The Colorful Activism of Wanda Koop
Walking through the space, an intimate and cool respite from the busyness of Bowery just outside, I couldn’t help but think about the impact of color, both in painting and in cultural conversations. Koop, a Winnipeg, Canada native, explains her relationship to cultural color early on: as a young girl, her family lived in close proximity to the Indigenous peoples of Winnipeg, and embraced one Native woman in particular as family. This lifelong bond, coupled with Koop’s innate feeling that “Canada didn’t belong to us,” has manifested into the paintings of Standing Withstanding, which Koop describes as a series of work “concerned with how we treat Indigenous peoples and how deeply we need to listen to what they say about the environment.” Koop’s openness is refreshing, and feels very much in the tradition of oral history and shared knowledge Indigenous cultures promote.
Standing Withstanding is decidedly not Canada-centric, however. Allusions to the Standing Rock Reservation and the Dakota Access Pipeline that threatens it are evident; ultimately, environmental issues like oil transportation, climate change, and the extinction of species like the albino gorilla are the breadcrumbs that carry us through this show made up of a visual vocabulary which is “not a quick read.”
Koop’s multi-scale investigation of fire and the humans who both activate and extinguish it, starts with a small portrait of a gorilla next to a flame, a compacting of our histories from the beginning. Reflecting on the importance of this theme in our daily lives, Koop muses: “Fire is what we need to survive. Fire is the sun. Fire is warmth. Fire is destruction.” During our discussion, we noted how progress takes on a specific kind of presentness on Indigenous time. In a sense, the timeline of human advancement collapses and becomes more cyclical; Koop’s repeating images surely symbolize this. I bring up the question of Koop’s role in preserving the Indigenous perspective. That is, how does her work exist as an archive of a diverse people who have been so systematically erased and ignored?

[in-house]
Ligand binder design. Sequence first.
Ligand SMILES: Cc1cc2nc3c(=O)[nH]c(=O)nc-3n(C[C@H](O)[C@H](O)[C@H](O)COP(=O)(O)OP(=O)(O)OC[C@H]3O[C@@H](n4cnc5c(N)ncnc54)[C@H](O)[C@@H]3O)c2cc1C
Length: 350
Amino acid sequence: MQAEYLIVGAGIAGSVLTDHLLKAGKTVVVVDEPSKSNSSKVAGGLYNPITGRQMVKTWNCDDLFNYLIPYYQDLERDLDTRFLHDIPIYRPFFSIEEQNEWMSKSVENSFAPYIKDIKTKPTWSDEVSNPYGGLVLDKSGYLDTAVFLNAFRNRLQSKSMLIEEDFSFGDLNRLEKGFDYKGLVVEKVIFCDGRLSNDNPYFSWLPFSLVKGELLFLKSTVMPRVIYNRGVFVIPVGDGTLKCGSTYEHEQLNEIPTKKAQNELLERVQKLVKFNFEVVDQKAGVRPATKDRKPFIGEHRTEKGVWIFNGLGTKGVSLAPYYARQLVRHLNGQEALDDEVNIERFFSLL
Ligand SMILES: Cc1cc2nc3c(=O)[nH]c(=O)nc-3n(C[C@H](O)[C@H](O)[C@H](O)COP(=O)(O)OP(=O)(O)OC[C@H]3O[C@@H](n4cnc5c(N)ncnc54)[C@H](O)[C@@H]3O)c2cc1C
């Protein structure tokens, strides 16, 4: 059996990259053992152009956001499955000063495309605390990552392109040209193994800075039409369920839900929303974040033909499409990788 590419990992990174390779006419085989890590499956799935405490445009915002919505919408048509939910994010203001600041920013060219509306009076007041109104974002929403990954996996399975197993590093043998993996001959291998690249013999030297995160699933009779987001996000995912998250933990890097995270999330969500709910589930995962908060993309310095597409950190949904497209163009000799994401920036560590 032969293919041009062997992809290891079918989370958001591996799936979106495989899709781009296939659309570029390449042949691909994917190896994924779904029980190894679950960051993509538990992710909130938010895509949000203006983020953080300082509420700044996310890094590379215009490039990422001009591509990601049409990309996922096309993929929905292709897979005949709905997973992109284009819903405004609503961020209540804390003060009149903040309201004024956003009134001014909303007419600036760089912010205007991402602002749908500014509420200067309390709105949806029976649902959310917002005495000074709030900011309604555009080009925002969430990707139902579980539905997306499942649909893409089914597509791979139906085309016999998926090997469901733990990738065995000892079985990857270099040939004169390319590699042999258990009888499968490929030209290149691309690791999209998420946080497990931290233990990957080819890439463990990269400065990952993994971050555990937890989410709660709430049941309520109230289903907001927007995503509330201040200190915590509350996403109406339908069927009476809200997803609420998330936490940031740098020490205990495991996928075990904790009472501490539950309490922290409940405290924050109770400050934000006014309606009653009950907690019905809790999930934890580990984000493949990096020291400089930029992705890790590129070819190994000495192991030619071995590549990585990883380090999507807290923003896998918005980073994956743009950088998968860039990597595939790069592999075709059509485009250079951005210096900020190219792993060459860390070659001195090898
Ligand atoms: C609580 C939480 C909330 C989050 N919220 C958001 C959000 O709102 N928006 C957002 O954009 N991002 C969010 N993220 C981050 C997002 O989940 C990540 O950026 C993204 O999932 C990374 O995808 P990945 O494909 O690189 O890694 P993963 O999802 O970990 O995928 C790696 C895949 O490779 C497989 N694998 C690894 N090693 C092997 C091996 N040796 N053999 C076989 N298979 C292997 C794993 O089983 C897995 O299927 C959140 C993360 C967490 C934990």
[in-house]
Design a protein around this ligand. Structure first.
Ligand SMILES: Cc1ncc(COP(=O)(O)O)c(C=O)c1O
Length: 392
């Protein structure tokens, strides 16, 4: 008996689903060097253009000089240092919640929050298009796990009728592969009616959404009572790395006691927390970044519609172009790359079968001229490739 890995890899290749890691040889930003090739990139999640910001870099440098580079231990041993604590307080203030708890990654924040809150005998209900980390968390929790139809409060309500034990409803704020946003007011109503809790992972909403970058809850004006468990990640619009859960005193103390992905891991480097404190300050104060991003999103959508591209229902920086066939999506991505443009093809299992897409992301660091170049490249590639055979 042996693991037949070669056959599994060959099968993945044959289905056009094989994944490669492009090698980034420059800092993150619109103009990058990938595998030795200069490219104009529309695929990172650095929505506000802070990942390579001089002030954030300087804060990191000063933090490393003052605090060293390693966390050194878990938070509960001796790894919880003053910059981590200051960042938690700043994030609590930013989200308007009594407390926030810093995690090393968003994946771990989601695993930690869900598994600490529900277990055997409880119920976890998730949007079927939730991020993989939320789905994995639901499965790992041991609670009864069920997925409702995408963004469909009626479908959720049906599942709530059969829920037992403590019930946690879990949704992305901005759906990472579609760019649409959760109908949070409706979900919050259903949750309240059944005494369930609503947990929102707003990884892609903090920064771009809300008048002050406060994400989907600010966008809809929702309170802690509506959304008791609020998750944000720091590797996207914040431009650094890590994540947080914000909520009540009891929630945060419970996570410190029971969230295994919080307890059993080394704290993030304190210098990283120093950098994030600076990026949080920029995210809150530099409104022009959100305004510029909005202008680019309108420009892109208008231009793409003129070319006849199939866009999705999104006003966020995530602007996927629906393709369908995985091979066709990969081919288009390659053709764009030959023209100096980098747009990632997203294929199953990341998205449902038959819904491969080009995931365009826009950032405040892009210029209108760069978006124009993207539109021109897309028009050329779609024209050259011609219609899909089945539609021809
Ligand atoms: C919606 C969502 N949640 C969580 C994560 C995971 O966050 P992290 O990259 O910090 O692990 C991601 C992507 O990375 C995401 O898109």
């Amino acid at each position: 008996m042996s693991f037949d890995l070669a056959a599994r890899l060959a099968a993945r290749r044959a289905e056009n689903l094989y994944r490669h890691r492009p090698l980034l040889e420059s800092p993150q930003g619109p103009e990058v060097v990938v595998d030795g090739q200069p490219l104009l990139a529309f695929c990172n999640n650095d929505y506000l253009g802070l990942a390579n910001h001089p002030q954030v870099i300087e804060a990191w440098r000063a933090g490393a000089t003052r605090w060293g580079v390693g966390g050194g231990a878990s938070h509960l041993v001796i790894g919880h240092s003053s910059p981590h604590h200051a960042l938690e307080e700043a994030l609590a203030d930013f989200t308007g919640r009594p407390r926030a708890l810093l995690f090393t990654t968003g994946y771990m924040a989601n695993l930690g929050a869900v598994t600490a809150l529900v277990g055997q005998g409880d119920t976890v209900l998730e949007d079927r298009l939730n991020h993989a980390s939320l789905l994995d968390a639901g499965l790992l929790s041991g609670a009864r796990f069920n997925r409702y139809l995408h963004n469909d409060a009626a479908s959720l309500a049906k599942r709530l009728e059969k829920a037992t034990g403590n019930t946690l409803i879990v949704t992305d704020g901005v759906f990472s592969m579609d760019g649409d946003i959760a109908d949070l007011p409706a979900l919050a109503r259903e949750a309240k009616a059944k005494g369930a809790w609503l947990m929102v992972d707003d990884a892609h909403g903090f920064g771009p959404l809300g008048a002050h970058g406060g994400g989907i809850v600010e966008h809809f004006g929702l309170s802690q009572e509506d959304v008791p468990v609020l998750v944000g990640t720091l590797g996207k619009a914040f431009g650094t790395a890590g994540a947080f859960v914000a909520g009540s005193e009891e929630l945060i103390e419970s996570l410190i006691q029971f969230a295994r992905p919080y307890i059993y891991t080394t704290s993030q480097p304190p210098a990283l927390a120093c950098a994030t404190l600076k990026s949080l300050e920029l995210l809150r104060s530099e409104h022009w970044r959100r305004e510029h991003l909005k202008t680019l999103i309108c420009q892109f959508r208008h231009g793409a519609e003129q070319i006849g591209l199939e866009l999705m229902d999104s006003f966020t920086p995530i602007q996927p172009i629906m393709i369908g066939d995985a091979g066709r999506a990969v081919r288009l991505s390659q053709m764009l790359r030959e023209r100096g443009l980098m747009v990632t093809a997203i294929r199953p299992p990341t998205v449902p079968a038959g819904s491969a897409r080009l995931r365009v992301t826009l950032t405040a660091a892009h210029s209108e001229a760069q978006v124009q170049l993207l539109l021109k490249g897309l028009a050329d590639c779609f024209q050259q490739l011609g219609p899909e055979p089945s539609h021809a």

“I think this show is a lament of what was and could be,” she offers. This read of her work feels in line with the melancholy I felt as I moved through the gallery space. Her paintings are at first reflective, even nostalgic in their careful acknowledgment of the past. But the neon colors she interrupts her muted canvases with feel more like disruptions than accents. I interpret them as technology, compromising the natural world. When I ask her about the importance of scale when confronting such large-scale human dilemmas in her work, she answers: “For me scale is all about intimacy. For myself as the artist and for the viewer. Before I start a really large painting, I lie down for about two hours, and I make myself huge. I can't even explain it.” Art imitates life, indeed.
Our conversation takes many turns over the hour or so we sit in the midst of her work. I’m distracted, every once in a while, by the warmth in the space--which emanates from her, ironically, and not the flames she depicts. I come to learn that her 40 year career has been punctuated by praise, misunderstanding, and a genuine brand of activism, a sensitivity formed long before the heavy hand of social media made it cool to care. Wanda Koop can speak articulately on everything she’s created, to be sure, but she prefers you see it for yourself: “I think we underestimate what the general public is capable of.” I nod my head in agreement, we’re smarter (without phones) than we think. I pause, and ask how the often elitist art world can feel accessible to everyone, and she replies without missing a beat. “I’ve spent a lifetime making sure I stay human...I build that into every single thing I do.”
Standing Withstanding is up at 214 Bowery through June 17th.